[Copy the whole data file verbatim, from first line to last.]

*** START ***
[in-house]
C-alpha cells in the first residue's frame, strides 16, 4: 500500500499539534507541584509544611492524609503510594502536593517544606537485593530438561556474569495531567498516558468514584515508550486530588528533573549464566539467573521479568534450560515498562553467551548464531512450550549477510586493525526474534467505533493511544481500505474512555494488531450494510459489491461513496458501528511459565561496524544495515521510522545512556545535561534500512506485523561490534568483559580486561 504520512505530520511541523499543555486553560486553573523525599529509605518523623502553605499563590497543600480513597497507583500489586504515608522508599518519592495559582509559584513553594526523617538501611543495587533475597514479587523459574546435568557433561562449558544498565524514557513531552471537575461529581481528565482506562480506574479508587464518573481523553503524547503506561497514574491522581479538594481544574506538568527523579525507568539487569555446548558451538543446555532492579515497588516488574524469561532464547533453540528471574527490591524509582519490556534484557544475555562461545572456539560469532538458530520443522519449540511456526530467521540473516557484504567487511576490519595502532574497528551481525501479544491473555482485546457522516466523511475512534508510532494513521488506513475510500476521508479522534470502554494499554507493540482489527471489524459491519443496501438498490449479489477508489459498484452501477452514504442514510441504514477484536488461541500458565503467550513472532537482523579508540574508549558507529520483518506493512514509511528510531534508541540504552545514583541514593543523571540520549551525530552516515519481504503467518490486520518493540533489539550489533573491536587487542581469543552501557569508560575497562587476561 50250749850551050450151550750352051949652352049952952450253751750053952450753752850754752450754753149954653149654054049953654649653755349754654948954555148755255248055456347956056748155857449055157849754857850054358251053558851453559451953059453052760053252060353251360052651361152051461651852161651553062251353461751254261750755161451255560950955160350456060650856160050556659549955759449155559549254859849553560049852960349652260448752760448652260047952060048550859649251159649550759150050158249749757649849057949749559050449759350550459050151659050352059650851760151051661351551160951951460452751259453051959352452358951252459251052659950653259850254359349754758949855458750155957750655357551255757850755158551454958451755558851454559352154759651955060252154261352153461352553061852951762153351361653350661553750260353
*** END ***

[in-house]
C-alpha cells in the first residue's frame, strides 16, 4: 500500500499539534507541584509544611492524609503510594502536593517544606537485593530438561556474569495531567498516558468514584515508550486530588528533573549464566539467573521479568534450560515498562553467551548464531512450550549477510586493525526474534467505533493511544481500505474512555494488531450494510459489491461513496458501528511459565561496524544495515521510522545512556545535561534500512506485523561490534568483559580486561 504520512505530520511541523499543555486553560486553573523525599529509605518523623502553605499563590497543600480513597497507583500489586504515608522508599518519592495559582509559584513553594526523617538501611543495587533475597514479587523459574546435568557433561562449558544498565524514557513531552471537575461529581481528565482506562480506574479508587464518573481523553503524547503506561497514574491522581479538594481544574506538568527523579525507568539487569555446548558451538543446555532492579515497588516488574524469561532464547533453540528471574527490591524509582519490556534484557544475555562461545572456539560469532538458530520443522519449540511456526530467521540473516557484504567487511576490519595502532574497528551481525501479544491473555482485546457522516466523511475512534508510532494513521488506513475510500476521508479522534470502554494499554507493540482489527471489524459491519443496501438498490449479489477508489459498484452501477452514504442514510441504514477484536488461541500458565503467550513472532537482523579508540574508549558507529520483518506493512514509511528510531534508541540504552545514583541514593543523571540520549551525530552516515519481504503467518490486520518493540533489539550489533573491536587487542581469543552501557569508560575497562587476561 50250749850551050450151550750352051949652352049952952450253751750053952450753752850754752450754753149954653149654054049953654649653755349754654948954555148755255248055456347956056748155857449055157849754857850054358251053558851453559451953059453052760053252060353251360052651361152051461651852161651553062251353461751254261750755161451255560950955160350456060650856160050556659549955759449155559549254859849553560049852960349652260448752760448652260047952060048550859649251159649550759150050158249749757649849057949749559050449759350550459050151659050352059650851760151051661351551160951951460452751259453051959352452358951252459251052659950653259850254359349754758949855458750155957750655357551255757850755158551454958451755558851454559352154759651955060252154261352153461352553061852951762153351361653350661553750260353